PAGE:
After my diploma thesis on dairy cow husbandry in Malawi, Prof. Manig offered me the opportunity to work on the project "Recent developments in animal husbandry in the Sahel" and to write my doctoral thesis. Since I wanted to work in an exciting tropical country for the rest of my life, the offer was very attractive for me. I accepted. The problem was that I got to know Klaudi after I had accepted the offer, I let go of all my girlfriends, married her and she was pregnant. Nevertheless I drove, although the field stay was supposed to last 16 months. The field stay had been reduced afterwards fortunately from August 1991 to April 1992, because of the extreme drought in the field.
In Sudan I experienced in a fundamentalist country how proud but also wrong people can be who have power (Sheiks, Fundis) and people who are simple and without power (women, nomads). My tolerance for other behaviors has come under strong pressure and has led me to not accept everything that others do anymore. Third degree infibulation in girls, Sharia in misdemeanours and oppression of the poor (tearing down slums) are not acceptable to me.
The work was in the east of Khartoum, where I lived with the nomads Shukria and Rashaida for several months to get to know their economy under the conditions of the drought (this was necessary depending on the situation). The Shukria were caught up in their 1000 year old nomadic tradition and had little chance against the farmers, the Rashaida (coming from Saudia Arabia only 100 years ago) could secure themselves by entering the agriculture. An important indicator of drought was the increasing number of Mercedes Benz, as some had advantages over the misery and hunger of the people (food aid, sorghum stocks).
It was so hot in autumn that the thermometers burst. It was so hot that breathing was difficult. 40°C at night, 60°C during the day and every day for months. How I longed for a cool beer. The food and sleep was also not rich and healthy. I was emaciated to less than 60 kg. Malaria was soon normal for all of us.
Heike Bremm was with me as an ethnologist with the nomads. She was supposed to work on the role of women. She had little hard core experience with the difficult conditions. Heike is overwhelmed by these living conditions, had to return to Germany in an emergency and died later as a result of her stay in the field. That did not have to be the case. For me it was clear that I had such a stay with my responsibility for the family that I had meanwhile (I only knew when I was on my home leave at Christmas). Unfortunately we could not telephone and write, because the communication technology (even world receiver) had not advanced so far yet.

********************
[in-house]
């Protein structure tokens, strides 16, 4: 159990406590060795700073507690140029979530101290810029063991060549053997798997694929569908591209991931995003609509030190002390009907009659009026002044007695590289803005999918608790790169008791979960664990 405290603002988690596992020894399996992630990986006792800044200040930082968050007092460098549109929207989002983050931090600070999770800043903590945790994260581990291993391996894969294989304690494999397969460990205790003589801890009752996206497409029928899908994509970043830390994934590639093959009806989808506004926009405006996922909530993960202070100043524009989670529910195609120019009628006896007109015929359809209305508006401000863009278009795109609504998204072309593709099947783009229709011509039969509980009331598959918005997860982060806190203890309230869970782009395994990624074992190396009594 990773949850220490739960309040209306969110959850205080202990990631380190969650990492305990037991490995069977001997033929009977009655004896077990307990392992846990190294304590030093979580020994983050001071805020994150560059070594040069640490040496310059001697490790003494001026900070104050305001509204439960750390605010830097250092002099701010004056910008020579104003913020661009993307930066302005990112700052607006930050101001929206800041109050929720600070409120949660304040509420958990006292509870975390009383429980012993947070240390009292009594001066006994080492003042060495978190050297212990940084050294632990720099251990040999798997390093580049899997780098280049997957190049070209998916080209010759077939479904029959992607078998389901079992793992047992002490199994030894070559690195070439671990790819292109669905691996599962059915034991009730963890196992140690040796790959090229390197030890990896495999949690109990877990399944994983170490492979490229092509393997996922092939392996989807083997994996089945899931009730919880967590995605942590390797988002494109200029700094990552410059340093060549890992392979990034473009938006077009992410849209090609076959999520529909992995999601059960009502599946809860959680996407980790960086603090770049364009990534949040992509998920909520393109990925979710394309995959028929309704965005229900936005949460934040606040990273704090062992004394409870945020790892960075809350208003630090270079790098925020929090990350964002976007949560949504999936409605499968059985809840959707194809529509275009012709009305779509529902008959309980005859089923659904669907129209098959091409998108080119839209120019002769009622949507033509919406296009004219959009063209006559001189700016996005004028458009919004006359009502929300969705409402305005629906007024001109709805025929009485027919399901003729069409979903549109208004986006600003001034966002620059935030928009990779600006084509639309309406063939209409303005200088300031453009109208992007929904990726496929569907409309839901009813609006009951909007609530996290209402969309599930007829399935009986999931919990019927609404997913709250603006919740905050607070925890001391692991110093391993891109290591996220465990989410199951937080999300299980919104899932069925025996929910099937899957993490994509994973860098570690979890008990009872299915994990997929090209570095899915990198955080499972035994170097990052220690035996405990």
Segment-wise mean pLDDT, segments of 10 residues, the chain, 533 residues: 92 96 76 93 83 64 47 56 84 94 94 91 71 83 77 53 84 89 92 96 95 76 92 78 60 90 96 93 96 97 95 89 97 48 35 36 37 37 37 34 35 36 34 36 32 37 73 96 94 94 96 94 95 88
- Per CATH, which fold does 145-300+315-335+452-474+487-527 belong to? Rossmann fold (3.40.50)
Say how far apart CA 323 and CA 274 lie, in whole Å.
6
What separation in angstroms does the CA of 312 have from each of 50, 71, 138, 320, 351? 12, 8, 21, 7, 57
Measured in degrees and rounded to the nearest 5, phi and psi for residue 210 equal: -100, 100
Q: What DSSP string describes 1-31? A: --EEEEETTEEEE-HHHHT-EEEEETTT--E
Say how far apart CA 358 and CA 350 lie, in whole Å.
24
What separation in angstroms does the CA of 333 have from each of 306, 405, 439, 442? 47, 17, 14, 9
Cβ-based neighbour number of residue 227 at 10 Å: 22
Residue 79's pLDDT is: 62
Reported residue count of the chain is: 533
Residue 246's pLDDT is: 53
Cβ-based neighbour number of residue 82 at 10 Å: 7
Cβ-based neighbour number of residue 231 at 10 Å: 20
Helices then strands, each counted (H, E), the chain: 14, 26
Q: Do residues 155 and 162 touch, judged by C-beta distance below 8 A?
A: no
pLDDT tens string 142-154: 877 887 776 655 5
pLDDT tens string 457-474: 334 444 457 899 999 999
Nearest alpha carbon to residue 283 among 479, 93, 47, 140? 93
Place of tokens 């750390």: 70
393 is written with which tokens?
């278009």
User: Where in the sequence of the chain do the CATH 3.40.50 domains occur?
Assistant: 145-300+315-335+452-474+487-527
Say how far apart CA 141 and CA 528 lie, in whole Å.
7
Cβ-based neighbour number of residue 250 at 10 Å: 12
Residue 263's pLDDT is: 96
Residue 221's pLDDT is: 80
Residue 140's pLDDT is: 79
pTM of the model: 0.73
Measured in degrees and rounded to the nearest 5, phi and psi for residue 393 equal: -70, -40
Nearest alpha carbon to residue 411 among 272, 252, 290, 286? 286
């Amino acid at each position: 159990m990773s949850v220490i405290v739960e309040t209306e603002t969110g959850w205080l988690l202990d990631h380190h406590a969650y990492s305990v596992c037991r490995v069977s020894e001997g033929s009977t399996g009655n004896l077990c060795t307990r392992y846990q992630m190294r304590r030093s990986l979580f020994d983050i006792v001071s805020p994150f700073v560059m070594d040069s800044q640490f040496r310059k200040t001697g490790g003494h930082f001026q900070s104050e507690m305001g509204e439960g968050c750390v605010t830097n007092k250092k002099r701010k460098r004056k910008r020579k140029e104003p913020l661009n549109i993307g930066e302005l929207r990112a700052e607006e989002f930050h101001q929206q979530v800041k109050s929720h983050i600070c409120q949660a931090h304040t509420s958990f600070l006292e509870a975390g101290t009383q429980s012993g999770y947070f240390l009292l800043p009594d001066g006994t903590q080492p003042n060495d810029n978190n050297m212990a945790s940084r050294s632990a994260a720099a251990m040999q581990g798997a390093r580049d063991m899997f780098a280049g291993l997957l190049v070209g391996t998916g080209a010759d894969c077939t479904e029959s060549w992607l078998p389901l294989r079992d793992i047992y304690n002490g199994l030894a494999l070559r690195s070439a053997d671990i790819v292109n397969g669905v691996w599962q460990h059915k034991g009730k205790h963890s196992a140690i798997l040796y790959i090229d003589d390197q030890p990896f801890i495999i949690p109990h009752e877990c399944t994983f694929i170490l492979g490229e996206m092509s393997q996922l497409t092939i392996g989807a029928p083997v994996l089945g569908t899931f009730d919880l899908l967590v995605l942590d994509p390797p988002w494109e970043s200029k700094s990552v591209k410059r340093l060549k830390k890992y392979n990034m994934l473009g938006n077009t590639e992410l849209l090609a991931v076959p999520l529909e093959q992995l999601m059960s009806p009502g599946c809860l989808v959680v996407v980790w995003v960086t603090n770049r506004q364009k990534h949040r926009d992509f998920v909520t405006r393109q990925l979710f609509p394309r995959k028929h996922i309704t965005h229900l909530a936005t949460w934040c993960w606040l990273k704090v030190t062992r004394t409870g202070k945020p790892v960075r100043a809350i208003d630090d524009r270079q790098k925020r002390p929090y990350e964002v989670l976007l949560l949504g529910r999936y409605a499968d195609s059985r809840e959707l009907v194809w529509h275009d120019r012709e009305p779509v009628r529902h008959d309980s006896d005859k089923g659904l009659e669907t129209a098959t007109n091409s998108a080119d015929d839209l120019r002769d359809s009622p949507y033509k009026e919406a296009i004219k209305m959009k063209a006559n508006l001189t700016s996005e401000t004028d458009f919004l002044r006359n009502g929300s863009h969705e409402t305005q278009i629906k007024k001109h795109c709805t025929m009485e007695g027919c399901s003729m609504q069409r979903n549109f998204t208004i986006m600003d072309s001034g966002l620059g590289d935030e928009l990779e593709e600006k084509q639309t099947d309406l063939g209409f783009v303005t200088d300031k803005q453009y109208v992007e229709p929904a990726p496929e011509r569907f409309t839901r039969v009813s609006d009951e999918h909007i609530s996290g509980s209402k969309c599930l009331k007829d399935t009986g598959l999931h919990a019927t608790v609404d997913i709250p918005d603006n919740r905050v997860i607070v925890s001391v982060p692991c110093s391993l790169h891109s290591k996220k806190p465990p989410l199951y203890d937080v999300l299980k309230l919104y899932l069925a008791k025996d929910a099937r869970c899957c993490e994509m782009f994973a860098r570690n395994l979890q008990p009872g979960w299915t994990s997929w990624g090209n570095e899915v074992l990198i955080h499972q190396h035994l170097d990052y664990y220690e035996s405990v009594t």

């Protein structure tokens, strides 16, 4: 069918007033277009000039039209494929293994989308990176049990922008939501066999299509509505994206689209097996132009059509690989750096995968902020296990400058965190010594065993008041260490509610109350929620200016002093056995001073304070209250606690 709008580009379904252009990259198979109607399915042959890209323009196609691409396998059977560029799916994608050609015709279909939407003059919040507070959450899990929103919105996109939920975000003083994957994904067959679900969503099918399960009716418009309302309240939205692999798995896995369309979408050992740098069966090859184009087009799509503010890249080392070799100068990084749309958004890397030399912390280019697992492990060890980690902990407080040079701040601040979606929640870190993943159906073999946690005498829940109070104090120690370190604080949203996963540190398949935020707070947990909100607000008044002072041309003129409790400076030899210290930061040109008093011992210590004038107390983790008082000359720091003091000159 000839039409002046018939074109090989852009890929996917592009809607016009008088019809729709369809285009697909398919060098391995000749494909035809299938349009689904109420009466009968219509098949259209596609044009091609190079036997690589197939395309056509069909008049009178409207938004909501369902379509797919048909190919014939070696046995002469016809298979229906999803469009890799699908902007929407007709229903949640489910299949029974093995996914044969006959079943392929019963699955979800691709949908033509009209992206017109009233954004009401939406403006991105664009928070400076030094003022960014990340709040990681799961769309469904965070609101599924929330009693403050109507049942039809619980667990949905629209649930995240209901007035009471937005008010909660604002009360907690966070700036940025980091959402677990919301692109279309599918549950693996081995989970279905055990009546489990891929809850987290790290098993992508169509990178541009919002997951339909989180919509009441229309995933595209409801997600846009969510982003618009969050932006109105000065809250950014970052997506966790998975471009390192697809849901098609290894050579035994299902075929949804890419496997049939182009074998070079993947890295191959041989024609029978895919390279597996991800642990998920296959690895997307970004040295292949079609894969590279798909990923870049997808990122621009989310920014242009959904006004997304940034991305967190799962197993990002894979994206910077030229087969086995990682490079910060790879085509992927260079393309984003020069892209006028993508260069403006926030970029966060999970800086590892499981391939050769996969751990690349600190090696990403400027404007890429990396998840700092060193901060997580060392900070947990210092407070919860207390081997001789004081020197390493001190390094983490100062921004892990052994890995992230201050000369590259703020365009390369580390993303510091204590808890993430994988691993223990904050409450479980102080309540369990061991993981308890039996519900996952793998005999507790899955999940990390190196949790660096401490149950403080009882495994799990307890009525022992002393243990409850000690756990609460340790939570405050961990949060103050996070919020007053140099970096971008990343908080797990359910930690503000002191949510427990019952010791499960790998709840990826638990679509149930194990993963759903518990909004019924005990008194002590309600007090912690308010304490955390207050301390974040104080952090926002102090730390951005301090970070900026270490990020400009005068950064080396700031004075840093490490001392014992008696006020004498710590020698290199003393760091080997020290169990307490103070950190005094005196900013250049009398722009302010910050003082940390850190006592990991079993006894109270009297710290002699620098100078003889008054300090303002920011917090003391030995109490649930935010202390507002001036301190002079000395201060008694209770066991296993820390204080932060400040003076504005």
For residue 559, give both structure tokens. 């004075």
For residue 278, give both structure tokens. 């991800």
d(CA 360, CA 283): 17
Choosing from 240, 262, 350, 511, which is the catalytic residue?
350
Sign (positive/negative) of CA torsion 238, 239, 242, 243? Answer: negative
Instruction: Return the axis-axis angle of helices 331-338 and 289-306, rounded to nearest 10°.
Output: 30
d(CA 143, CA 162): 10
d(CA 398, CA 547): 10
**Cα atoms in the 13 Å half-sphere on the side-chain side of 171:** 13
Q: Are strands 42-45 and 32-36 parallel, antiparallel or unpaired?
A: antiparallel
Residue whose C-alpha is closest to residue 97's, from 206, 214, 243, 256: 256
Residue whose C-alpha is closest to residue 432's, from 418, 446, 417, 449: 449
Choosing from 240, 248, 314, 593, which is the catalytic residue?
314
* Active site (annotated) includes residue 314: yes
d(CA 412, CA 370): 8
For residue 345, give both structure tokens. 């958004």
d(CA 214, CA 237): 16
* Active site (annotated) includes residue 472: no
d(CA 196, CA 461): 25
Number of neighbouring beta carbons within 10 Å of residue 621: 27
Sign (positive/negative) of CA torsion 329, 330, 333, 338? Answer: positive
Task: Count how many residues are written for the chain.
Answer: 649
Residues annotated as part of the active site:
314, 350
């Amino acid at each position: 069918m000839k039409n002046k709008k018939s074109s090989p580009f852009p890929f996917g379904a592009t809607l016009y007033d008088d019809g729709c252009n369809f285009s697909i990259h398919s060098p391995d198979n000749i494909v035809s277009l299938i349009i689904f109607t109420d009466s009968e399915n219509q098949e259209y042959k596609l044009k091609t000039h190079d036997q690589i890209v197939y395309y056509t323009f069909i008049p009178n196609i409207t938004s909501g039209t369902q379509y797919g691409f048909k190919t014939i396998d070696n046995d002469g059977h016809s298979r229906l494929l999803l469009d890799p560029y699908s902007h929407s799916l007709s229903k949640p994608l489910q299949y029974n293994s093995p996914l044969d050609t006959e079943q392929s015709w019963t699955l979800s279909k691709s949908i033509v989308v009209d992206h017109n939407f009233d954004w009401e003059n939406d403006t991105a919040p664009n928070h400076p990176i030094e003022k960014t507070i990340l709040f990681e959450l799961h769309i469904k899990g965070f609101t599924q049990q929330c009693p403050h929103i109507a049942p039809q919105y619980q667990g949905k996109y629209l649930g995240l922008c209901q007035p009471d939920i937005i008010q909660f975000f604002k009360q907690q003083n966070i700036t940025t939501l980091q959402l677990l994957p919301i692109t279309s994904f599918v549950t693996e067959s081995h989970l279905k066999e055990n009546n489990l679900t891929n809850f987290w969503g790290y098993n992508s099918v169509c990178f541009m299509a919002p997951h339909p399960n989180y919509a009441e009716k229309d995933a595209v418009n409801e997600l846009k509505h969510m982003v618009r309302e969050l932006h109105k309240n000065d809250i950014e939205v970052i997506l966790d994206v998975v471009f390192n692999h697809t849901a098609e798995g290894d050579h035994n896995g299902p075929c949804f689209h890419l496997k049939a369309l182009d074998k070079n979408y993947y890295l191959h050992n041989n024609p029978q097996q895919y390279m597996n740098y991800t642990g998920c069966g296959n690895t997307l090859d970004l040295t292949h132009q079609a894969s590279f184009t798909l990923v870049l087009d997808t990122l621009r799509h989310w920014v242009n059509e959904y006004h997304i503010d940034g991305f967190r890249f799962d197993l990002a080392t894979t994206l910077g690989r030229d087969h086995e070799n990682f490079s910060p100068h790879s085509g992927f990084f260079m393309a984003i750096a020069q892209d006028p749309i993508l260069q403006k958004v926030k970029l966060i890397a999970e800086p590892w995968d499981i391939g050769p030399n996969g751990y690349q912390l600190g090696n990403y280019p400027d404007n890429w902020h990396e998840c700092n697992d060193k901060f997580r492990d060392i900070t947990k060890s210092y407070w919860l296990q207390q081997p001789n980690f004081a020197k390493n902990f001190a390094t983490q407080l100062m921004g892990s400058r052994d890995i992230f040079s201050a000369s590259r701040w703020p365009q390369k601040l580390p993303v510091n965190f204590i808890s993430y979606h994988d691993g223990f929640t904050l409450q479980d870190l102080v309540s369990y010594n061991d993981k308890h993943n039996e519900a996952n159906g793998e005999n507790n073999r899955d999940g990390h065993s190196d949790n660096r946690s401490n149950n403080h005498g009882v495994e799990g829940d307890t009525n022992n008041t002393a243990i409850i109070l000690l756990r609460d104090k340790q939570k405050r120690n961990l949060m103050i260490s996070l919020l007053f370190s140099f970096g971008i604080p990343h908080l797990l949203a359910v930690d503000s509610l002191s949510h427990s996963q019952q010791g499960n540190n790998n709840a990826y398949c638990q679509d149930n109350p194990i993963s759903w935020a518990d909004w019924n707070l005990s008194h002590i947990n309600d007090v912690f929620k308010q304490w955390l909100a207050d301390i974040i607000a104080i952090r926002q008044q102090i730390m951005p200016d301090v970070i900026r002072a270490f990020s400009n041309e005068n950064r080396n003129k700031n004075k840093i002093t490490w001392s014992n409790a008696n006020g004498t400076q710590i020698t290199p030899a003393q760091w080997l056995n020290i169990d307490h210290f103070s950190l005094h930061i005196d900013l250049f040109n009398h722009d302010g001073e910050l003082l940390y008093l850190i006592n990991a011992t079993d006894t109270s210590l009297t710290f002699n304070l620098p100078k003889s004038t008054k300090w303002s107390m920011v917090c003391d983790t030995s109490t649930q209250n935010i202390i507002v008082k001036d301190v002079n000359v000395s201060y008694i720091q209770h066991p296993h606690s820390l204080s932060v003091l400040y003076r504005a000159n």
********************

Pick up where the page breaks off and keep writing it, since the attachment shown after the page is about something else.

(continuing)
With the time I got along well with the situation in the Sahel zone and the living conditions. But it was really hard. The longing for Klaudia was the worst (I dreamed of a telephone action practically every night: a telephone call always failed for various reasons).
I had a simple usual tent like the nomads, we went through the landscapes at regular intervals. The 300 people big Tribes were very hospitable, but many were doing "night economy". This helped them to survive. I lived / ate with the poorest, because my meal contribution helped them.
I liked Khartoum very much, very degenerate but urarabic. I could entertain myself well in Arabic and had a good interpreter (Mohamed), who was always in a good mood and was looking intelligently for many problems. With time I got along well with the situation in the Sahel zone and the living conditions. But it was rock-hard. The longing for Klaudia was the worst (I dreamed of a telephone action practically every night: a telephone call always failed for various reasons).
Exciting were also the tours to the markets (New Halfa, Gedaref, Kassala, Omdourman, Gezira), the visits at the rivers Atbara, Blue Nile. I never want to regret the ride, but I never want to repeat it. After the field stay I could not take the banal problems in Germany seriously any more. I completed my thesis as a doctoral thesis, even though I didn't really understand everything during my "participating observation". But I learned a lot for myself.